Test-Driven Development: A Practical Guide (Coad) (英語) ペーパーバック – 2003/8/10
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Test-Driven Development: A Practical Guide presents TDD from the perspective of the working programmer: real projects, real challenges, real solutions, ...real code. Dave Astels explains TDD through a start-to-finish project written in Java and using JUnit. He introduces powerful TDD tools and techniques; shows how to utilize refactoring, mock objects, and "programming by intention"; even introduces TDD frameworks for C++, C#/.NET, Python, VB6, Ruby, and Smalltalk. Invaluable for anyone who wants to write better code... and have more fun doing it!
Dave Astels has close to twenty years' experience as a software developer in areas ranging from embedded environment control to intellectual property protection systems to electrical energy trading systems. For more than a decade, he has been working exclusively with object technology. He runs his own consulting company specializing in Extreme Programming and pervasive Java solutions. He is the co-author of A Practical Guide to extreme Programming (ISBN 0130674826).
What's great about this book? It is easy to understand, even for someone who has never learned TDD before (like me). Also, it is extremely thorough. The book goes through the entire process of developing a complete (although simple) application. I think many authors would have just shown how TDD works with a variety of examples, but this book goes through the creation of the entire application, step by step. It's actually a very long book, 562 pages, with fairly small type. The desire to write the whole application when a set of examples would have been quicker and easier shows us that the author is really committed to being thorough. I guess that's what TDD is all about.
Another great thing about the book is that although the lengthy application is written in Java, the book works for any object oriented language. I develop in C# and C++, and it is immediately obvious how to translate the Java to C# or C++. So the book really works for any object oriented language, as long as you have an intermediate level of ability so you can understand what he is doing.
Besides that, there is a chapter on how to do TDD in a variety of languages: C#, C++, Smalltalk, Ruby, Python, and Visual Basic.
Although I am a beginner at TDD, I would agree that the tests that the author describes may not test 100% of the code. However, I think his approach is probably more thorough and better than the vast majority of programmers'. Besides, I'm sure the tests can be expanded to provide better code coverage.
The book first touches on some topics fundamental to TDD, such as refactoring, programming by intention, and of course the basic theory behind TDD. Appendices further flesh out this material by addressing extreme programming and agile modeling.
Although other members of the xUnit family are looked at, this book is squarely focused on JUnit and Java. As such, the text goes into detail about using JUnit, including the API, and how to go about the task of writing tests. Along with the JUnit coverage, the reader is presented with information on several JUnit extensions and JUnit related tools designed to aid the TDD process. Where this book really shines is in its coverage of mock objects and techniques for testing GUIs within JUnit.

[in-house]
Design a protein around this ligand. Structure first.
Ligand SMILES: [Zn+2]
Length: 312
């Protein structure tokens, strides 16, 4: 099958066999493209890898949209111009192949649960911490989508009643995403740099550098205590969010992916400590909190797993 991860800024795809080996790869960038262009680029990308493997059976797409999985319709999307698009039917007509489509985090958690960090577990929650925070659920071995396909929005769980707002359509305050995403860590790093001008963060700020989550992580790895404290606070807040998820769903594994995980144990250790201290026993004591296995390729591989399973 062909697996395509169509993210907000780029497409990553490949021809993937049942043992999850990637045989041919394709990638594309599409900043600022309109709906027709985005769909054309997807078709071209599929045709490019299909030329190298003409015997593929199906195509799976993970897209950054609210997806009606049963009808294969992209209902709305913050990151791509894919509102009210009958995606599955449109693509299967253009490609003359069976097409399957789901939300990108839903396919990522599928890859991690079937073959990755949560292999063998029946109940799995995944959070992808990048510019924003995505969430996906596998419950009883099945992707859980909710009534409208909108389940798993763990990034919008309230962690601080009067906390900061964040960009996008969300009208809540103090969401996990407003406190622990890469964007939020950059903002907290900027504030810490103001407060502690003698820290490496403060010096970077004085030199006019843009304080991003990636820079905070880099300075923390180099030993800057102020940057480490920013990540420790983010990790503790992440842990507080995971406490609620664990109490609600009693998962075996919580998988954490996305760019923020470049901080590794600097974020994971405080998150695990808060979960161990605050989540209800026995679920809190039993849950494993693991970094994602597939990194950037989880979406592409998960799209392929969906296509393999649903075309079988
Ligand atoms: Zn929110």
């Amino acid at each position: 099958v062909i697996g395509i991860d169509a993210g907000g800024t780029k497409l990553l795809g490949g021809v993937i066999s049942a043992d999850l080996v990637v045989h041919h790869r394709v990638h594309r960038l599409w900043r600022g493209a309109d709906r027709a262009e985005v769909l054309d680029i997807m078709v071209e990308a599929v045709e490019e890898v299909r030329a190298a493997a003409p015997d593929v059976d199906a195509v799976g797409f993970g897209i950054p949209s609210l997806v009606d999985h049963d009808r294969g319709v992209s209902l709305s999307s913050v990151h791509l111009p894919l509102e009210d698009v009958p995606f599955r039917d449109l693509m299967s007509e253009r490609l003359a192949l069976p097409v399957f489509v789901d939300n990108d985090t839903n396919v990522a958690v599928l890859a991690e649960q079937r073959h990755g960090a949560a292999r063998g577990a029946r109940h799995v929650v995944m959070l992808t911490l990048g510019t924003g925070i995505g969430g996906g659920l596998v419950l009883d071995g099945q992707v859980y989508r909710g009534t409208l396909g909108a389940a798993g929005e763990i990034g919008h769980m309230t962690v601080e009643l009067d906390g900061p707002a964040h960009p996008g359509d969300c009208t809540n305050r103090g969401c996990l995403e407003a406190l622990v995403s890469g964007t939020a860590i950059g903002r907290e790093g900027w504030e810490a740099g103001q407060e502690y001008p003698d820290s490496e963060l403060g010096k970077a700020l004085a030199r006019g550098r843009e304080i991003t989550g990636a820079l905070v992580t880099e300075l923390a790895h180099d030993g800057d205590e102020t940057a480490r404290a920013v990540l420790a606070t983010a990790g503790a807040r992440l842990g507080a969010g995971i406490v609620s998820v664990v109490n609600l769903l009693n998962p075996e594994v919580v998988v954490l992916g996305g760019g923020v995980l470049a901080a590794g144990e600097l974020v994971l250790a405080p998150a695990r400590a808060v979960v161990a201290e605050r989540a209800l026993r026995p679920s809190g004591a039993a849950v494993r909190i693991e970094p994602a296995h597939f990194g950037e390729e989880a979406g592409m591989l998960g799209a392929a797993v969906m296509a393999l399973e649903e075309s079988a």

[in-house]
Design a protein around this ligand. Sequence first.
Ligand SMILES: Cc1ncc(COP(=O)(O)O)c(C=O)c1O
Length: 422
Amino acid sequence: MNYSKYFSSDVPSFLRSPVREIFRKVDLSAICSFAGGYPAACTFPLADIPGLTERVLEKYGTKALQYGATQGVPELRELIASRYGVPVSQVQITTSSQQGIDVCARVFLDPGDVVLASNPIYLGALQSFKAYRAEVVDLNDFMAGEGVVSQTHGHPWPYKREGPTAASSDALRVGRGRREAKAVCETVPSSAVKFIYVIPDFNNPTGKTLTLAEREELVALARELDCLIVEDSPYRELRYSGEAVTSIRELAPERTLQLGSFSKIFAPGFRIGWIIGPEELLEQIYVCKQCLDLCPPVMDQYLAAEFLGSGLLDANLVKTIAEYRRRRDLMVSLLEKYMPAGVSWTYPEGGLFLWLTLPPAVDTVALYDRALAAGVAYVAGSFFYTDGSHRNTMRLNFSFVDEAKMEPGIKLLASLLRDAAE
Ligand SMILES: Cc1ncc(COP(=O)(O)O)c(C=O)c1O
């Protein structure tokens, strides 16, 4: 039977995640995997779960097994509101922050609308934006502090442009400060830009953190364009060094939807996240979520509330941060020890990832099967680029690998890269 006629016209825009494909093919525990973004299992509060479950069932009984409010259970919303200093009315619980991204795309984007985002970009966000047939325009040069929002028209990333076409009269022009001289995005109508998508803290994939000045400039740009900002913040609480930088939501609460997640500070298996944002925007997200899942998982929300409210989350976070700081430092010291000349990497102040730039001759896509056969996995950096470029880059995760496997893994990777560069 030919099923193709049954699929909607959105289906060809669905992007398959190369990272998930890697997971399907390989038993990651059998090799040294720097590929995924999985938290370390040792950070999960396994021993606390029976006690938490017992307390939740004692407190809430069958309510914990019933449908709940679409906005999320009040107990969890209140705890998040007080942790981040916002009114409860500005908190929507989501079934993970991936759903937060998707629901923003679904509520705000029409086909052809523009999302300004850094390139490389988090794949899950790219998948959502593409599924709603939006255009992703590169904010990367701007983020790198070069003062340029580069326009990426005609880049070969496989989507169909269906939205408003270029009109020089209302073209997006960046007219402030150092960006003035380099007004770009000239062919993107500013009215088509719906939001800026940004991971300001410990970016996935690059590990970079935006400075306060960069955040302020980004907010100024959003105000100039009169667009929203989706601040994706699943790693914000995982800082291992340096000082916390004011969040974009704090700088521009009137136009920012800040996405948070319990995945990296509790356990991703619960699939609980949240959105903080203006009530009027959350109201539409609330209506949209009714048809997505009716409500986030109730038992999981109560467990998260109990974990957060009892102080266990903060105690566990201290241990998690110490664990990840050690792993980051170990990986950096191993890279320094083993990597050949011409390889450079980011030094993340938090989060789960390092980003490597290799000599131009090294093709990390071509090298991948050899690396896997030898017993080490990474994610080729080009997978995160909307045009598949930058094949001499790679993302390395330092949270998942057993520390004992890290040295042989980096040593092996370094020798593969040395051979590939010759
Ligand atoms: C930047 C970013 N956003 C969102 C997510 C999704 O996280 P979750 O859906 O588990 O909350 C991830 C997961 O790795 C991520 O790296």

The meat of this book rests in a very detailed walkthrough of a project using TDD. Astels leads the reader through every test and every refactoring along the way, from inception to the finished product. This is probably the next best thing to sitting down for a pair-programming session with a TDD guru.
Unfortunately, there are a couple of complaints I feel the need to point out. The project presented is a Swing application that persists its data in a flat file. There is no coverage provided for testing web based enterprise applications. While mention is made of DatabaseChecker, a test utility suitable for simple database tests, Astels chose not to have the example project use a database for persistence. As a consequence of this decision, this common task is left unaddressed.
Despite these omissions, there is still much to be gained from this book. I feel a reader may obtain the most benefit by downloading the sample code and working through the example project step-by-step along with the text. If you are interested in a practical guide to TDD, this book is definitely worth a look.
Dave Astels' book is a comprehensive work covering TDD from the ground up to advanced topics. While most of the book examples use Java and JUnit, it does cover unit testing frameworks in several other languages as well. I've read two books on the topic (the other one is Kent Beck's "TDD By Example") and I liked Dave's book better. The basics of TDD can be explained in 10 minutes however when it is applied on practice it gets complicated in at least 3 areas: 1) testing UI 2) testing with database - data setup, isolation, etc. and 3) mocks. Kent's book is more about a philosophy of TDD but it only goes through a very simple "toy" example. Dave's book really helped me to understand mocks and it does cover UI testing in great length. Mocks are an advanced topic, so it does require a good knowledge of Java and OOP. The rest of the book seems to be on intermediate technical level.
The only thing this book is missing, I think, is a discussion about data setup and database-related testing, dbUnit, etc., other than an advice to avoid it altogether (p. 83). While you can indeed use mocks to avoid it, on the large real projects some kind of integration testing (including testing with the database) will be necessary. I hope the second edition will come out at some point!
Overall, it's a great book for both newcomers and developers with unit testing experience. BTW, it won SD West 2004 Jolt Award.